Power to the Pageant
May I thank the organisers, competitors and spectators for a truly memorable Cholmondeley Pageant of Power. The depth and breadth of the cars (and bikes) was amazing. I was able to attend as a track marshal via the BARC, so I had a ringside seat!
Special thanks should go to the Wheatcroft family and Hall & Hall for bringing priceless, delectable cars to the event, the Sinsheim Museum for sending Brutus and the Bohmerland (four-seater motorcycle), Chris Williams for his new Packard Bentley and… well, the list goes on.
Bentley, Breitling and the Cholmondeley estate can be proud of putting their event on the map – it is truly a more eclectic version of the Goodwood Festival of Speed for us northerners! I’m looking forward to next year already.
Michael Broadbent, Haslington, Cheshire
Open up the rule books
Ian Mann’s letter (September issue) on the need for motor sport to lead the way in innovating new technologies is timely.
I have been besotted with motor racing for 40 years, but much as we all love the sweet thunder of real racing engines the time has come to open our eyes (and ears). Petrol engines may, in our lifetime, be consigned to historic events along with carburettors and solid tyres.
Audi and Peugeot’s Le Mans diesels and the promising Porsche hybrid 911 are showing the way, but we need to go much further, much faster. Let’s open up the Formula 1 rules to encourage hybrid/electric (and any other) power. The manufacturers would love this as the pace of development would accelerate in F1. What about incorporating photovoltaic panels into the bodywork? What about new-generation steam power? I could go on, but the point is that we have to open up the rule books to encourage innovation, not stifle it.
Let motor sport lead the world into the new era instead of just refining the past. Maybe we’ll see grids of differently shaped cars with different forms of power. Oh, and hopefully some great racing.
Terry Stanford, Blakeney, Norfolk
A question of counties
Having moved to the UK eight years ago from South Africa, and having resided for this period approximately five miles from the Williams factory, I could have sworn that I was living in Oxfordshire and not Berkshire, as Rob Widdows says in his F1 logistics piece.
Well done to all at the world’s best magazine on another excellent cover-to-cover read.
Jock Hiddleston, Southmoor, Oxfordshire (I think)
The other Reece racer
Reading ‘A picture of Peter’ in the August issue (Letters) brought to mind Peter Reece’s cousin, Jack Reece. Jack was better known as a rally driver and I recollect going to Glasgow in the early ’50s to the start of the Monte Carlo Rally. Jack and Peter were doing the trip in a Ford Anglia, arriving successfully. Jack went subsequently in a Ford Prefect.
Jack worked in sales at Blakes, a Liverpool Ford agents. He was a popular after-dinner speaker at motor clubs in the North West, talking about his rallying experiences and the Monte in particular. He had a slight stammer, which he used to good effect when recounting tales. I particularly recall his story about his first Monte.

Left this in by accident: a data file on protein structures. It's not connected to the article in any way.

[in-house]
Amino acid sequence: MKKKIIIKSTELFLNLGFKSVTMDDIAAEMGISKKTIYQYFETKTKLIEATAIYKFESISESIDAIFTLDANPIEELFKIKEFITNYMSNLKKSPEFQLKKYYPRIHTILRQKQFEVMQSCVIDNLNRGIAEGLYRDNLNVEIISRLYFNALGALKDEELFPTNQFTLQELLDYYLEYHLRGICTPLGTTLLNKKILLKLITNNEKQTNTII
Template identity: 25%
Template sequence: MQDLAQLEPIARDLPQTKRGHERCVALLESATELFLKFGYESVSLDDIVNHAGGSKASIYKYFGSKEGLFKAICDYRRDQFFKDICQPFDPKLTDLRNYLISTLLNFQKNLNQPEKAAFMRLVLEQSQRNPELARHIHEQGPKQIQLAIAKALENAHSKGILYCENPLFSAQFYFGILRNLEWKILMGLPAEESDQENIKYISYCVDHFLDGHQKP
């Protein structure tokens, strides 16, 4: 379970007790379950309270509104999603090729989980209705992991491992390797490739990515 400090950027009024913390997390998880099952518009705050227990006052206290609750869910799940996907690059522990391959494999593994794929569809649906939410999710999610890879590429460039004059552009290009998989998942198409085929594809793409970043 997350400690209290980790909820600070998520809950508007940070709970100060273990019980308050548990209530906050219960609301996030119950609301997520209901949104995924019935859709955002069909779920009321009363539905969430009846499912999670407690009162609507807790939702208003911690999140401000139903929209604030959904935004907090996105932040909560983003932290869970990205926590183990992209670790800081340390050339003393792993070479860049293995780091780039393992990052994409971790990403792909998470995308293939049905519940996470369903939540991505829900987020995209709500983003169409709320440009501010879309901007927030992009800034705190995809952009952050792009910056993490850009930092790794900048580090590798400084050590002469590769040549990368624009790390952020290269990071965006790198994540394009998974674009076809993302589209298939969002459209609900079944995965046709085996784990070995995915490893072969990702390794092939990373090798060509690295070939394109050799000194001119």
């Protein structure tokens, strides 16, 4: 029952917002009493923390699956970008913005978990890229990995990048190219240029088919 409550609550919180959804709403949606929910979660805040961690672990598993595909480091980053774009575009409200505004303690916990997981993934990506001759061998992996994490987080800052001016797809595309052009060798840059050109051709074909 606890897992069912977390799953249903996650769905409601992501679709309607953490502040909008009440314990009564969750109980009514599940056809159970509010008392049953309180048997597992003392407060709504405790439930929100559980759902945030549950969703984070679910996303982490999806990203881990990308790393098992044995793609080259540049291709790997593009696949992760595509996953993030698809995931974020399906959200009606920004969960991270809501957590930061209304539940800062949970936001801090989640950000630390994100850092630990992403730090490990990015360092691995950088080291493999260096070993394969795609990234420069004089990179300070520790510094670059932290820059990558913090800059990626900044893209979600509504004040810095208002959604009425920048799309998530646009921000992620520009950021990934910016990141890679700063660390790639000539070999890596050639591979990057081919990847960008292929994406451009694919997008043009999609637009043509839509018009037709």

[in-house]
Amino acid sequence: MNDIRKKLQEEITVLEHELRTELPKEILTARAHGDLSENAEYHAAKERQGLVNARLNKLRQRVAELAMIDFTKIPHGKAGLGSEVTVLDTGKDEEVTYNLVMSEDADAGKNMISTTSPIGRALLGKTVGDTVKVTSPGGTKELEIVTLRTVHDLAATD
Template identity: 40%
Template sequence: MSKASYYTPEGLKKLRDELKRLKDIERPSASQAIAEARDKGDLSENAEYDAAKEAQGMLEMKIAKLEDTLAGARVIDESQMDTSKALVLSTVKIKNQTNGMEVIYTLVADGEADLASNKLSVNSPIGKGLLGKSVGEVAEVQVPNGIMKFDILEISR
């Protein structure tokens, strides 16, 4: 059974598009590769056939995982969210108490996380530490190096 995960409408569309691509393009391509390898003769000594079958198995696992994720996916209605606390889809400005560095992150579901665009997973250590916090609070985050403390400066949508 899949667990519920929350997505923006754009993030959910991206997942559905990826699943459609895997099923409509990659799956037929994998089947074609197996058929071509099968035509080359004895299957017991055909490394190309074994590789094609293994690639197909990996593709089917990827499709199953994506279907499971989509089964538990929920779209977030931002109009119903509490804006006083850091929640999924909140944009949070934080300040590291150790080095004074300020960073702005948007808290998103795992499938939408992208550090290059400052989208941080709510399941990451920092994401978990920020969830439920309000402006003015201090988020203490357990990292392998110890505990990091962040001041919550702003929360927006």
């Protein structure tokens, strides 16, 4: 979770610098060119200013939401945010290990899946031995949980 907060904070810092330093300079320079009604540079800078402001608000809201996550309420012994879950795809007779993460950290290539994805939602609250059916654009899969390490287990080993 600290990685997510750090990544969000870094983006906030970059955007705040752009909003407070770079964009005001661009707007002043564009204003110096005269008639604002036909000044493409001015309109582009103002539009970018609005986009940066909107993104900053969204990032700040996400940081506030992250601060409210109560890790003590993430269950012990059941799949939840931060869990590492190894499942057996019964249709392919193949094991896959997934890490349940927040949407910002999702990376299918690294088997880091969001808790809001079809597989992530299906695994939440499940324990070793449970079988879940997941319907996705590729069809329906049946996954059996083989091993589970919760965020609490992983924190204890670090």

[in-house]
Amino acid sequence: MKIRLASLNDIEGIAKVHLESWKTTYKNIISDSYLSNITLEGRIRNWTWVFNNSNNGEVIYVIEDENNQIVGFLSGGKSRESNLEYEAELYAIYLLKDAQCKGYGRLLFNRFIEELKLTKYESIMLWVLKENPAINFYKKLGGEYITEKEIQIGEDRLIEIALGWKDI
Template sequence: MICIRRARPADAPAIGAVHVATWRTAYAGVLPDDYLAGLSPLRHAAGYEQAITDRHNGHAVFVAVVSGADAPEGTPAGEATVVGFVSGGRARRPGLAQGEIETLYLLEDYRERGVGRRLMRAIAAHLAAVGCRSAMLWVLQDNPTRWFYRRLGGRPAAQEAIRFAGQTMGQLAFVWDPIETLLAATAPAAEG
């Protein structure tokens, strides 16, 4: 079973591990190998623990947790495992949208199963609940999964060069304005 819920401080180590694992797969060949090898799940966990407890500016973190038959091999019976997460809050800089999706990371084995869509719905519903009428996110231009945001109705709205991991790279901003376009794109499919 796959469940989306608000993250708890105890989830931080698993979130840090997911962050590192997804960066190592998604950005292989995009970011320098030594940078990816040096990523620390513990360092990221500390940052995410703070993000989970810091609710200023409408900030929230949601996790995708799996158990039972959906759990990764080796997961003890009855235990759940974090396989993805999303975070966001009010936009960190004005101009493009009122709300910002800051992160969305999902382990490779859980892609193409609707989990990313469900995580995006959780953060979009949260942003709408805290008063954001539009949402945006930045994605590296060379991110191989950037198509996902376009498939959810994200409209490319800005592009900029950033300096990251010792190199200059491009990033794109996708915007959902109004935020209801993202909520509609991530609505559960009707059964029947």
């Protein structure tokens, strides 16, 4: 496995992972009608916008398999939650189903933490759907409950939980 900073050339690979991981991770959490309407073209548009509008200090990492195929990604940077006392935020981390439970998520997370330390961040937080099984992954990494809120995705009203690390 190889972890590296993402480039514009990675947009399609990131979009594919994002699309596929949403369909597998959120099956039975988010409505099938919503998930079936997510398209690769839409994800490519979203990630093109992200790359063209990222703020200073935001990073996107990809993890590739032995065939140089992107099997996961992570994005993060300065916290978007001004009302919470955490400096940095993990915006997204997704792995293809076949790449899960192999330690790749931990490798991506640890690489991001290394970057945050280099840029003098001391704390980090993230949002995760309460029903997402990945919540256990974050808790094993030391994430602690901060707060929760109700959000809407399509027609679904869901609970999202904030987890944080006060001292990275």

He was summoned to see the company chairman when the following conversation took place. Chairman: “Jack, we’re entering a car in the Monte Carlo Rally. For this job we’ve given careful thought to the lead driver. It requires a man of determination, who will overcome all obstacles, be fearless, and not deterred by the elements or mechanical problems. Above all, a man who will fight to the very end and be able to hold his head high when the job is done. We have chosen you, Jack. What do you think?”
Jack: “Tha-tha-tha-thanks, Dad.”
Iain Broughton, Fulbeck, Lincs
Tales of 1970 were a treat
What a fabulous August issue – I think this was published just for me! Doug Nye’s privileged drive in Uhlenhaut’s Mercedes 300SLR coupé, Simon Taylor’s tales of Chris Amon’s March 701, Pedro Rodríguez’s great win over Amon at Spa (now we know, thanks to Doug, that BRM wasn’t cheating), and one of the all-time greatest wet-weather drives as Pedro vanquished all at Brands (I was soaked for six hours).
Difficult to find two better men to talk about those two wonderful endurance racers, the Ford GT40 and the Porsche 917, than Jackie Oliver and Richard Attwood. Now I know why the Zerex Special was so quick at Brands in 1963 in Roger Penske’s hands. And finally, I enjoyed Steve McQueen’s film Le Mans, if only to see ‘the king of cool’ and those fabulous Ferrari 512s and Porsche 917s at full chat.
Peter Haynes, Needingworth, Cambridgeshire
Crying over split milk
I just got done reading your article in the August issue about Penske’s last ‘Unfair Advantage’ and it really brought the memories back. I was 17 at the time and had finally persuaded my father to take me to Indy for Pole Day weekend.
I grew up poring over my dad’s Indy 500 yearbooks. To see it in person for the first time was so special. The place had an aura like nothing else I’ve experienced.
As time goes by I am so glad I got to see the real Indy before the split. That year was the last time somebody brought something that nobody else had and exploited it to its fullest potential. This was the coda to the belief that you read the rule book for what it didn’t say, not what it said.
But as a fan living in Wisconsin, the memories are bittersweet. We once had two established races a year and now have none: the Milwaukee Mile’s long Indycar heritage became yet another casualty of the split. Oh, Mr Bernard can say he’d like to have a race here, but the state is simply not interested. Fifteen years ago, good seats for the CART race the week after Indy were hard to get. It really drives home what was lost in the nightmare that was about to unfold.
Jack Prondzinski, Milwaukee, Wisconsin, USA
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